Are conflict and confrontation necessary ingredients in a school turnaround? Washington Post columnist Marc Fisher files a provocative column about a Maryland school that is succeeding without the kind of bare knuckle brawls that are drawing national media attention to Michelle Rhee and the nearby Washington, DC school system.
Fisher goes to Broad Acres Elementary School in Silver Spring where scores were so low eight years ago that a state takeover loomed. Montgomery County Superintendent Jerry Weast and Principal Jody Leleck negotiated with the teachers union to add extra hours to the work week for extra pay. “Teachers would offer no more excuses about poor kids from dysfunctional families; expectations would soar. About a third of the faculty left; Leleck hired 27 veteran teachers that first summer” he reports.
Rhee’s faceoff with the Washington Teachers’ Union creates a dynamic different from the cooperation between Weast and Montgomery County Education Association President Bonnie Cullison. She said she hears Rhee telling teachers, ” ‘You’re not doing the job,’ as opposed to ‘Let’s work together.’ You cannot make it happen in a district where you set up conflict”…Weast won’t criticize his D.C. counterpart, but he will say that narrowing the achievement gap is about expecting all children to work hard and love learning. “You can do it anyplace if you treat people like you want to be treated,” he says.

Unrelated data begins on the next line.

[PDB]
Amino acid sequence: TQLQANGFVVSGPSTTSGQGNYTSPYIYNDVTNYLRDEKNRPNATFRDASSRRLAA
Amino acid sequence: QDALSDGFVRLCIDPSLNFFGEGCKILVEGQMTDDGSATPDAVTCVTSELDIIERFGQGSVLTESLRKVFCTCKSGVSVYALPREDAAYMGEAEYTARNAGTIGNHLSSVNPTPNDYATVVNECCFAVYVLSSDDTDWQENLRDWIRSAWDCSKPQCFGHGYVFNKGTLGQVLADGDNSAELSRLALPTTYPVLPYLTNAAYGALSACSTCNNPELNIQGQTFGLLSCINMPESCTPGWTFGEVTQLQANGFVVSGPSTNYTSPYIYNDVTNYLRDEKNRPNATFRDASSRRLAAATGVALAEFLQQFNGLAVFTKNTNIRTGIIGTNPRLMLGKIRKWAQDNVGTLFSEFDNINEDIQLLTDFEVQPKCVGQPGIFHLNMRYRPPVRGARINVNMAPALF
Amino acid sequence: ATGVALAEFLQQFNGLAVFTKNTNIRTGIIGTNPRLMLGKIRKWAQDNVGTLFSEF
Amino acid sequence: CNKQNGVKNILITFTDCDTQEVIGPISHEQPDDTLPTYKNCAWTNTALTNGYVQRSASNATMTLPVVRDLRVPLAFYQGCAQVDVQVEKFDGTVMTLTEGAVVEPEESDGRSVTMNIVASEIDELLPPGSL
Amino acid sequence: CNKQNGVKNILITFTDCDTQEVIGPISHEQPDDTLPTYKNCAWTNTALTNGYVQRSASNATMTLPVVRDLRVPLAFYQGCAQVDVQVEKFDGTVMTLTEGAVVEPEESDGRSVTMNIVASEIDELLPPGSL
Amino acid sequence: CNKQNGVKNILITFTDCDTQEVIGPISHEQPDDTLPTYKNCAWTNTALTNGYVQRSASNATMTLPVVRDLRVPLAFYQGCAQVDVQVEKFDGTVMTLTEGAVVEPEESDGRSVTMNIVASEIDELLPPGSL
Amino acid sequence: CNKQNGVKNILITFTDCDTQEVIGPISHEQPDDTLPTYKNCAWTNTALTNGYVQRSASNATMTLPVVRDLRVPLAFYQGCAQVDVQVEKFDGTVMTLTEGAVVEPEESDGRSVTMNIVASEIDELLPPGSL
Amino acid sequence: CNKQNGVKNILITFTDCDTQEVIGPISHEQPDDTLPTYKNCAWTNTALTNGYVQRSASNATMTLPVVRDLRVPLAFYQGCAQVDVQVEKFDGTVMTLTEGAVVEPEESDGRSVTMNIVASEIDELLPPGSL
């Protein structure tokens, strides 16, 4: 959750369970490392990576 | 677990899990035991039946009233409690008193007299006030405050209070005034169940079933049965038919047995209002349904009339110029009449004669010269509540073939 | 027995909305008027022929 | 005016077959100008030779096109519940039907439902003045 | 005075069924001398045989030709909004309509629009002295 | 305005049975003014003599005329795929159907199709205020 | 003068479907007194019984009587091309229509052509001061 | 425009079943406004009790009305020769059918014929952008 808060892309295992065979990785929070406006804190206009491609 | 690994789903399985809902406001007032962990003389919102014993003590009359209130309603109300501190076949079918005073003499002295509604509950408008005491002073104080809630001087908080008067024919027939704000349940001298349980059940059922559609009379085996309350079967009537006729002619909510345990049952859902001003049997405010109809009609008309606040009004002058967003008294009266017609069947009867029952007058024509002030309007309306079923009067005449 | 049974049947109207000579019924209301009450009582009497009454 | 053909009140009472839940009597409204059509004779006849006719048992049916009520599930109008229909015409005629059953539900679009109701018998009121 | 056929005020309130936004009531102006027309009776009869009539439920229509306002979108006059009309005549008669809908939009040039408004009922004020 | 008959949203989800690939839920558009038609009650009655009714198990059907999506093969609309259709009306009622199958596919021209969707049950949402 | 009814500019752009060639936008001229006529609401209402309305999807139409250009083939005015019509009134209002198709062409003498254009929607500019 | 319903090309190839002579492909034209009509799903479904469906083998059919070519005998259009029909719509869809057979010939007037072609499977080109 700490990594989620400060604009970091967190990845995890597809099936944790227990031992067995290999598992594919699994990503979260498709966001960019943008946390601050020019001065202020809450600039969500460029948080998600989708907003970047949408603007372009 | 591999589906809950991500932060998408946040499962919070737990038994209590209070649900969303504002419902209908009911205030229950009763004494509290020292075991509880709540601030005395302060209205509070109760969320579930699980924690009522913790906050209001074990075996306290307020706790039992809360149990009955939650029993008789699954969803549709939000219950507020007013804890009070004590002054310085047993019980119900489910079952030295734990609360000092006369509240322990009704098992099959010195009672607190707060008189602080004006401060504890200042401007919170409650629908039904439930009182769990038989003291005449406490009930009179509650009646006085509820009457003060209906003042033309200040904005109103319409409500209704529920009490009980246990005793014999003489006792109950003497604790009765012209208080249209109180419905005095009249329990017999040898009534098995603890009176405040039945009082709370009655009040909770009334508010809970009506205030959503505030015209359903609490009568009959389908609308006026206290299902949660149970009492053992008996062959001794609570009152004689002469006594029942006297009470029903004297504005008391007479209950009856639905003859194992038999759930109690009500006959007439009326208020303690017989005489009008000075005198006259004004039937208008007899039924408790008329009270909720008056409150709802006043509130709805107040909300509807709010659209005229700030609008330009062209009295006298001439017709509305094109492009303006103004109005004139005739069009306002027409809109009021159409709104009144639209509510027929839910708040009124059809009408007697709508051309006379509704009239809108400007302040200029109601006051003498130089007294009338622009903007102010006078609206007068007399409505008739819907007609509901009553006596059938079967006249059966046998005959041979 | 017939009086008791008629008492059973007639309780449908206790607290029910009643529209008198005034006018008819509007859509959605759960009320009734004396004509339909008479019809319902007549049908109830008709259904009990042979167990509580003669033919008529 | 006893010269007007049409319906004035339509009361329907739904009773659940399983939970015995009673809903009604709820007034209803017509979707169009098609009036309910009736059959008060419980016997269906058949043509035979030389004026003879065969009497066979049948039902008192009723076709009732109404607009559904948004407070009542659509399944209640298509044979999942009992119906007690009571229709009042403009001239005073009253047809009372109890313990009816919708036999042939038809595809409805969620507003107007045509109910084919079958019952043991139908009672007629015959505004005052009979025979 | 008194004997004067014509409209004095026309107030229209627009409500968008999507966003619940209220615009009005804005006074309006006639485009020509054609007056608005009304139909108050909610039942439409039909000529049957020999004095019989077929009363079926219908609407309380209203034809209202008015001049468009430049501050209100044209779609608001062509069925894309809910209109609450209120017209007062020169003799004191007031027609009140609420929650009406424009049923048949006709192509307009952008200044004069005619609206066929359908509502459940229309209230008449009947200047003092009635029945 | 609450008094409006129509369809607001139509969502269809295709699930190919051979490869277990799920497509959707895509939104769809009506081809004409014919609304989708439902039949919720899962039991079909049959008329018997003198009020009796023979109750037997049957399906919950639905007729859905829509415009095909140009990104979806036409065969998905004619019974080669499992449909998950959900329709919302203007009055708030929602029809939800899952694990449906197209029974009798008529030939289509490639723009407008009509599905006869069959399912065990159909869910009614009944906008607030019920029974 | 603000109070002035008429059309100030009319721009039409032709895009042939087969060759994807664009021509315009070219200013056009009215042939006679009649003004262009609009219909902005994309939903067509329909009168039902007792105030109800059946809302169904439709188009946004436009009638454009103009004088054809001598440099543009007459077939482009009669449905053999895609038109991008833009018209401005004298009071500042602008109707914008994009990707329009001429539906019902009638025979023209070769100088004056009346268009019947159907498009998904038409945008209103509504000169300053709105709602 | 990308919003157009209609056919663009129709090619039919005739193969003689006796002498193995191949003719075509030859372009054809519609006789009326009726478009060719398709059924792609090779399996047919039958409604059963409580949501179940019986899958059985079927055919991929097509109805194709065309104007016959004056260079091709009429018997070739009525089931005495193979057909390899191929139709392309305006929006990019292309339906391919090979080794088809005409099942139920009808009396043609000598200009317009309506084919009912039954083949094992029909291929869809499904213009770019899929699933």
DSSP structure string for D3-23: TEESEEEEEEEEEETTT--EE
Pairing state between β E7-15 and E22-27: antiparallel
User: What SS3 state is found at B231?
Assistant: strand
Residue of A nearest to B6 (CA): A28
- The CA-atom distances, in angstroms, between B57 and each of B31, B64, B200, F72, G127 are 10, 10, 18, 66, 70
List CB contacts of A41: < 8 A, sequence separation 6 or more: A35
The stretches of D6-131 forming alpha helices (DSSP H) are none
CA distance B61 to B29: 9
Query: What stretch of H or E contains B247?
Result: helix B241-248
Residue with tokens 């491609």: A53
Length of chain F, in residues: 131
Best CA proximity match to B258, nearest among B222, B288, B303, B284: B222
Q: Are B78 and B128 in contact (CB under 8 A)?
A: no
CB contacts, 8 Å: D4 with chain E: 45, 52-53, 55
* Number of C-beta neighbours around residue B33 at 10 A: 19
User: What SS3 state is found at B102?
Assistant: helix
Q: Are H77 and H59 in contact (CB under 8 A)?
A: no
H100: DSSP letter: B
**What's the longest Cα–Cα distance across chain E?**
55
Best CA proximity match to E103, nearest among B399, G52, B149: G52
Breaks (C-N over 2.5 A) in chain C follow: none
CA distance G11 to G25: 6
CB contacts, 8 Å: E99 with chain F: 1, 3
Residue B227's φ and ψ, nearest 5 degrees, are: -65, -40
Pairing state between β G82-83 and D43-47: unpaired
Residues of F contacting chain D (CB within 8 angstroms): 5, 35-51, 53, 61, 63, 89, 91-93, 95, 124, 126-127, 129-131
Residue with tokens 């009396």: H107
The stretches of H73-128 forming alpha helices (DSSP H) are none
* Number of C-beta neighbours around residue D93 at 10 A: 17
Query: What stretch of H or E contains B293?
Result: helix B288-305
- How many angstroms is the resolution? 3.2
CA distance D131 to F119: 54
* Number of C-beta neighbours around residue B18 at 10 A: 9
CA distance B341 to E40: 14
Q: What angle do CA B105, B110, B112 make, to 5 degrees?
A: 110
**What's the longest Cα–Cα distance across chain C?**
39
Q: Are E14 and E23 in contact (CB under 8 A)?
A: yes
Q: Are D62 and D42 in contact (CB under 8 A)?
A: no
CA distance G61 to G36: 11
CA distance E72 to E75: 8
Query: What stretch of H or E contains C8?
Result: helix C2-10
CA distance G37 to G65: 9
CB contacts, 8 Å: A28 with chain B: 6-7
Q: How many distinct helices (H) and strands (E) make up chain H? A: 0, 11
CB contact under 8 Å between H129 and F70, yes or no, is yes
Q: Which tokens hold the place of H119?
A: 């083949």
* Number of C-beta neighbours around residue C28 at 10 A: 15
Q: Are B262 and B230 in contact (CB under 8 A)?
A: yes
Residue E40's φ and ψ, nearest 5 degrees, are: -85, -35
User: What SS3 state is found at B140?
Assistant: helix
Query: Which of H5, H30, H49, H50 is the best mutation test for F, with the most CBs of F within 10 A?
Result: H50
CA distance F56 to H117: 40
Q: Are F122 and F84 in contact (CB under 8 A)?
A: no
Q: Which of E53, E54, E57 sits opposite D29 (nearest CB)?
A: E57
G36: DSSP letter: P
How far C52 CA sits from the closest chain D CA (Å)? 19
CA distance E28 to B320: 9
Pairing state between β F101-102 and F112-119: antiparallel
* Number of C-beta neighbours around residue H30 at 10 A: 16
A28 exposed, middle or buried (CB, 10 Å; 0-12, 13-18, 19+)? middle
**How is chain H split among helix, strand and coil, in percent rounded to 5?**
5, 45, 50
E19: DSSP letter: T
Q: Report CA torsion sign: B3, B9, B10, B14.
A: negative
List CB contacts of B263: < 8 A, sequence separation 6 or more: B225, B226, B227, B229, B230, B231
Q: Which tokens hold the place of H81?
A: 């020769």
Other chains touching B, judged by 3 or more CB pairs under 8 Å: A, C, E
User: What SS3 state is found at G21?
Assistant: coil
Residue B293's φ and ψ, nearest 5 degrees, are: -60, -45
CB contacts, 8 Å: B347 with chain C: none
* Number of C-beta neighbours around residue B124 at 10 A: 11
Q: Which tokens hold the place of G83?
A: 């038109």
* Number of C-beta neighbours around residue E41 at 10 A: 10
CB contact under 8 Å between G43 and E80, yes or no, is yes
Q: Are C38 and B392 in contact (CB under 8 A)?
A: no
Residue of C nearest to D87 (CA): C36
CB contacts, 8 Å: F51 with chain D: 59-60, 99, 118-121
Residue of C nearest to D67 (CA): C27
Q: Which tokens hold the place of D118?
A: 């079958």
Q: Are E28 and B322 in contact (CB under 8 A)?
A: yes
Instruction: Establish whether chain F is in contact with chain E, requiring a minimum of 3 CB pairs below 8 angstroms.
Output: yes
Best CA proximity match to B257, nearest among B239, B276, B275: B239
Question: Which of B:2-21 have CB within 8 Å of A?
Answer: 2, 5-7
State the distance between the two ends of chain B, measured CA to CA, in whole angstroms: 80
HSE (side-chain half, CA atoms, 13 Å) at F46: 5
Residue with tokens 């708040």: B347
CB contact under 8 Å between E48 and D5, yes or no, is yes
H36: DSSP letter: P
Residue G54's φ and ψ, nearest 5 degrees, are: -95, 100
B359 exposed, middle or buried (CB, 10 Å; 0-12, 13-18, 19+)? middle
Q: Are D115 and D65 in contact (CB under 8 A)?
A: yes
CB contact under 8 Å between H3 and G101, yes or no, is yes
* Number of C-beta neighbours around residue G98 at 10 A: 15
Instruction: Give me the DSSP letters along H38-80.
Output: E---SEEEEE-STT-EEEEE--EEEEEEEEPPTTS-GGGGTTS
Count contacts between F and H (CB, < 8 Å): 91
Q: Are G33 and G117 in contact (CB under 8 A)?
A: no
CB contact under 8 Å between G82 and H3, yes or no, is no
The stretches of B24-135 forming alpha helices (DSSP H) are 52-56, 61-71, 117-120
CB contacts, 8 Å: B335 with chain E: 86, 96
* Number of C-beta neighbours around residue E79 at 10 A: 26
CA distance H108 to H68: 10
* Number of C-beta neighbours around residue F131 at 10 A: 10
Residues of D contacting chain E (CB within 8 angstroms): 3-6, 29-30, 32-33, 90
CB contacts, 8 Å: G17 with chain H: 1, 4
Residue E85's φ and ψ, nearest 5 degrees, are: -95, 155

Today, 81 percent meet reading proficiency standards this year, up from 47 percent in 2003. “Broad Acres did this without Rhee’s reform tactics,” Fisher points out. ”No young recruits from Teach for America, no cash for students who come to class, no linkage of teacher pay to test scores.” And what’s happening inside the classrooms?
Too often, schools desperate to boost test scores become grim factories in which children are force-fed rote skills. But at Broad Acres, teachers coach each other to keep kids engaged in rich material for its own sake. In Andrea Sutton’s fifth-grade class, 16 kids sit on the floor, jumping up to explain to one another the roots of the American colonists’ grievances with the British. The teacher’s voice never rises above a stage whisper as she plies the class with questions that would fit nicely in a high school course. With all the pressure from No Child Left Behind, it’s so easy to cut out history and science,” Bayewitz says. “But these kids are going to need those complex skills in high school and college. And these kids are going to college.”
Claus von Zastrow at Public School Insights observes that Fisher’s piece reminds us “that school improvement does not necessarily require a death-match between high-profile ‘reformers’ and the education ‘establishment.’” Fisher is promising a follow-up column Sunday on ”a D.C. school that matches Broad Acre’s population, put presumably not its methods. Stay tuned.